WARNING: This article may be triggering to survivors of sexual assault.
This past spring, the Stanford rape case went viral as millions of bystanders watched Brock Turner face a mere six-month sentence for his violent sexual assault of an anonymous woman. Despite being charged with three separate counts of assault, the 20 year-old student ended up spending three short months in prison for his devastating actions.
This case shocked the nation, sparking a conversation about the gravity of sexual assault, both on and off campus. We’ve seen the chilling statement that the victim read to her rapist in court, the disgustingly candid letters from Turner’s parents to judge Aaron Persky- and now, the fiercely unapologetic words of Emily Doe, a voice for assault victims everywhere.
Last week, Glamour Magazine announced Doe as their Woman of the Year, including her first statement since the one she read at Turner’s sentencing. In the letter, the now no longer anonymous survivor bravely expressed her emotions upon becoming the subject of thousands of online articles and news pieces.
She spoke of the heartbreak she felt upon hearing the short sentence her attacker would face, even her sadness in response to nasty comments about her journey to recovery. Doe explained that “victims are not victims, not some fragile, sorrowful aftermath,” but that those who have experienced sexual violence are survivors, “and survivors are going to be doing a hell of a lot more than surviving.”
Emily Doe has become an international beacon of hope for sexual assault survivors, using her highly publicized trauma to combat stigma and help other women who have been in her exact position. Even in the face of death threats, harassment, and otherwise hateful speech, the 23 year-old speaks with unmistakable strength and unapologetic resilience.
When news of the trial of Brock Turner first hit major media outlets, many avoided sharing and speaking out on the issue because they felt awkward. Some even went as far as to shame the victim for drinking and voicing support for the Turner family. Many would prefer to avoid the conversation about rape.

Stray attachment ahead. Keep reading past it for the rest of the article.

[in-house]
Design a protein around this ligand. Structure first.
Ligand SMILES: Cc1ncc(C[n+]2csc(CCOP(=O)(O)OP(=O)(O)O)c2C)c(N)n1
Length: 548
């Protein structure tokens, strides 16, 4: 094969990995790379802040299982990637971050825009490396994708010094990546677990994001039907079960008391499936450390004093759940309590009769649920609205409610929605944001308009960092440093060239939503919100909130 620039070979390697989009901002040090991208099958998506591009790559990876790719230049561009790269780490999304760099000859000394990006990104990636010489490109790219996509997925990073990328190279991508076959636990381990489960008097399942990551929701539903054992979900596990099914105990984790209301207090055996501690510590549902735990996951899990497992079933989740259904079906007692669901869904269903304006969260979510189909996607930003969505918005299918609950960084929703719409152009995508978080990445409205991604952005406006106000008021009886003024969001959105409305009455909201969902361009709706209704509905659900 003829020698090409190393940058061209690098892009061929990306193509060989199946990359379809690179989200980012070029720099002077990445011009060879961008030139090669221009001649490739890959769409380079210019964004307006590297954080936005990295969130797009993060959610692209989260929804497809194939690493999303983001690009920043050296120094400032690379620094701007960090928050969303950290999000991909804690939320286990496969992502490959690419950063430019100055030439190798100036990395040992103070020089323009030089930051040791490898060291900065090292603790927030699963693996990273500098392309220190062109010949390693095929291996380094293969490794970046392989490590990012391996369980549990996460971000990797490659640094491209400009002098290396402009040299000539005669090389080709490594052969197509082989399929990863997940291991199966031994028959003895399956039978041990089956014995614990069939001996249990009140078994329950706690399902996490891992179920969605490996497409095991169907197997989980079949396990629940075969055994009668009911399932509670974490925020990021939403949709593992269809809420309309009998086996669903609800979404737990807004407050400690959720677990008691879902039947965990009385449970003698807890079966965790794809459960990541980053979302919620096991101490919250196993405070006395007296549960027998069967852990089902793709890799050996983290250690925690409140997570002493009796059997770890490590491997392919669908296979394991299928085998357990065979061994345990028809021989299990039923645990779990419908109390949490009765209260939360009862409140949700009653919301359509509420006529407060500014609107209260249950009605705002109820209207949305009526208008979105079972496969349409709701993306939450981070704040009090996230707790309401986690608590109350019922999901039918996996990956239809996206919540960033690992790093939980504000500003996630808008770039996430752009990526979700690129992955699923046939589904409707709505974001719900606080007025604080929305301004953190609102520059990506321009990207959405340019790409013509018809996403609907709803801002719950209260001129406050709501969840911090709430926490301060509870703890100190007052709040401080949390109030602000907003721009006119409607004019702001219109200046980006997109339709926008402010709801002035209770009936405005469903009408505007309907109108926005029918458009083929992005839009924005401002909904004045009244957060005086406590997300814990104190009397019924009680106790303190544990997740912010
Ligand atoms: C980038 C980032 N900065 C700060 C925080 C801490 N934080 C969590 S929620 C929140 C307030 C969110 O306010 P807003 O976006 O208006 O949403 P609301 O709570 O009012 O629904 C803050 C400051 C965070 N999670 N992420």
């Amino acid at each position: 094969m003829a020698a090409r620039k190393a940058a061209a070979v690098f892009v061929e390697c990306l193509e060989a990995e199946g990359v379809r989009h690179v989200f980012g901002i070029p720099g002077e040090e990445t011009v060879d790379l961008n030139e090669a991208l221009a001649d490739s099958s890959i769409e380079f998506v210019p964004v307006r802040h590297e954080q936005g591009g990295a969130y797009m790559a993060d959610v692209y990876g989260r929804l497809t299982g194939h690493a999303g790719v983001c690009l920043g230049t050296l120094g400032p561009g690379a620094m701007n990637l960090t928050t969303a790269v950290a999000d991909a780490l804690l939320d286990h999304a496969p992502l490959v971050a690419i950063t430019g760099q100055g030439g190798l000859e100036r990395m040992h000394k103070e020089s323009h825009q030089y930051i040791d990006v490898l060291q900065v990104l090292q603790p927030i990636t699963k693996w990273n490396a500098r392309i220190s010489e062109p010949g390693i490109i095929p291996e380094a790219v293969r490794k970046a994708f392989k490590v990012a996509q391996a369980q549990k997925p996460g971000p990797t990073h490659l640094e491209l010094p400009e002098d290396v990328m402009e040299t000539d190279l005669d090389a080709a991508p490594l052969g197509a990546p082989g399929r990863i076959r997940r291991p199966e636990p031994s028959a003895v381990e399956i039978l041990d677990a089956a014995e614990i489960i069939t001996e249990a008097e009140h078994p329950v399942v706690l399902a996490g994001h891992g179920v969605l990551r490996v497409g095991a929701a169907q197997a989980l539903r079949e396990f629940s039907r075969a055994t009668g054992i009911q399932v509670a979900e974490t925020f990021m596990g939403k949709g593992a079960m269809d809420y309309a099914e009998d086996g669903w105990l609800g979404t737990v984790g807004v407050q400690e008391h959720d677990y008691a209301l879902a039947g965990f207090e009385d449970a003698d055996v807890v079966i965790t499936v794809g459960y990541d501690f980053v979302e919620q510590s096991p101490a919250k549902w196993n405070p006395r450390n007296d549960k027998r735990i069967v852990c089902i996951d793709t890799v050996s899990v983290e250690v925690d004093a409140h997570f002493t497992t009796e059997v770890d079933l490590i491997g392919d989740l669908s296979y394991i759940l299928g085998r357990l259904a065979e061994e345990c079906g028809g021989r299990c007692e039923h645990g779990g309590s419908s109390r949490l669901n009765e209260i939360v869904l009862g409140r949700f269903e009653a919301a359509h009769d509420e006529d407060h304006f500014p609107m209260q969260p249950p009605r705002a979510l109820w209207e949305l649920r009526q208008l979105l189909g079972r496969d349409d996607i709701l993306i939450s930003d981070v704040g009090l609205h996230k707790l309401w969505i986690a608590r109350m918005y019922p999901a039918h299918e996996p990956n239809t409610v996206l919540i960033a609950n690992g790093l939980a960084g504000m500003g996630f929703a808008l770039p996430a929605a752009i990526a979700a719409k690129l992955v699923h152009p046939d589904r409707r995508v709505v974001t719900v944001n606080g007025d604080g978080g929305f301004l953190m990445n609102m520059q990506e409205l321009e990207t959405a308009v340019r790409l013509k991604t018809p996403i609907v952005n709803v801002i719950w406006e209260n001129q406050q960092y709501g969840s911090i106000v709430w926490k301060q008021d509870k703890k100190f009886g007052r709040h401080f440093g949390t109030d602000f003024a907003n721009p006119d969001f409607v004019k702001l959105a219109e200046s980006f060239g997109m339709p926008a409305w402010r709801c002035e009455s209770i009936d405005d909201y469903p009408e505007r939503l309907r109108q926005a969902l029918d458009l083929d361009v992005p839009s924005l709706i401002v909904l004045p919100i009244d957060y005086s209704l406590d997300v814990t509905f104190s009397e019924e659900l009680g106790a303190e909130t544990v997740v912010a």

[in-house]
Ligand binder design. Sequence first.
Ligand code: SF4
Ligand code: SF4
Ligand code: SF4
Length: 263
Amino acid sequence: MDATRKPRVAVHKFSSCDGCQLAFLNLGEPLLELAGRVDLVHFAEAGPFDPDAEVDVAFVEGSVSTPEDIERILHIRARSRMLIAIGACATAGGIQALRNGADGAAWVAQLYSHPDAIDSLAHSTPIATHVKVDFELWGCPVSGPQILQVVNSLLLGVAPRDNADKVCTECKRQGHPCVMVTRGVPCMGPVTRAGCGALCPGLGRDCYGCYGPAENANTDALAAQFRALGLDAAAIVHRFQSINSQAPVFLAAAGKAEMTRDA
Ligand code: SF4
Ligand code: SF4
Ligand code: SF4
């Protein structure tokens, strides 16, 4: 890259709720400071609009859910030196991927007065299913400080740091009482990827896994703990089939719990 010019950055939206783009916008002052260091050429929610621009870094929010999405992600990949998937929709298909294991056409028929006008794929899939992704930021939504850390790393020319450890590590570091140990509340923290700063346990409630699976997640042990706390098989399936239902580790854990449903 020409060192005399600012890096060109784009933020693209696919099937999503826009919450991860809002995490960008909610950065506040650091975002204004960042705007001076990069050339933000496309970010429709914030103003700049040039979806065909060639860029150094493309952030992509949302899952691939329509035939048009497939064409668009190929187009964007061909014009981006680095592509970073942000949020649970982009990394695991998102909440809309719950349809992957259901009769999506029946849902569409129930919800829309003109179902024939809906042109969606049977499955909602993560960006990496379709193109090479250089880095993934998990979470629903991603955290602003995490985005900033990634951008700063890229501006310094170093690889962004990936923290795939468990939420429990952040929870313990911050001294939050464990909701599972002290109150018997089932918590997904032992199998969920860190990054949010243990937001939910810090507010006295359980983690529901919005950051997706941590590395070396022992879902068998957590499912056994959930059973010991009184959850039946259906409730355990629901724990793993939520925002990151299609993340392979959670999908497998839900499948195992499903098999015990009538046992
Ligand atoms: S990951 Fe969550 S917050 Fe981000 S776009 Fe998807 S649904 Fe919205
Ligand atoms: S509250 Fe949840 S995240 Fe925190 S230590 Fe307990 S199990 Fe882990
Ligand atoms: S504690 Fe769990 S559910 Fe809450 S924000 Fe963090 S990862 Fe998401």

Since when has discomfort warranted altogether ignorance? Why should we feel the need to keep quiet about an issue as common and horrific as sexual assault? Where do we draw the line? It’s already common knowledge that one in four women have been raped or assaulted: chances are, if you’re reading this, you or someone you loved is a victim.
We are living in a world where rapists may serve only three months in prison, presidential candidates can brag about sexual assault while thousands call it ‘locker room talk,’ and even more people are still keeping their experiences of abuse a secret.
The problem lies in the fact that no one can say that they’ve been pressured to keep quiet about being robbed and no one has ever excused murder because of how the victim was dressed. These statements clearly aren’t true for sexual assault.
This is why it’s more urgent than ever before to start a conversation on sexual assault. In a time where survivors are pushed to the side, taught to hold their tongues, forgive and forget, it’s absolutely necessary to support these survivors.
Thanks to the American justice system, offenders of marijuana distribution are likely to serve more time than offenders of violent rape. This won’t change unless we change the way our society sees rape, unless we educate others and teach future generations to know that it is just as serious as murder. Listening to survivors like Emily Doe and sharing their stories is the first step in breaking stigma and ending rape culture.
National Sexual Assault Hotline: 1-800-656-4673
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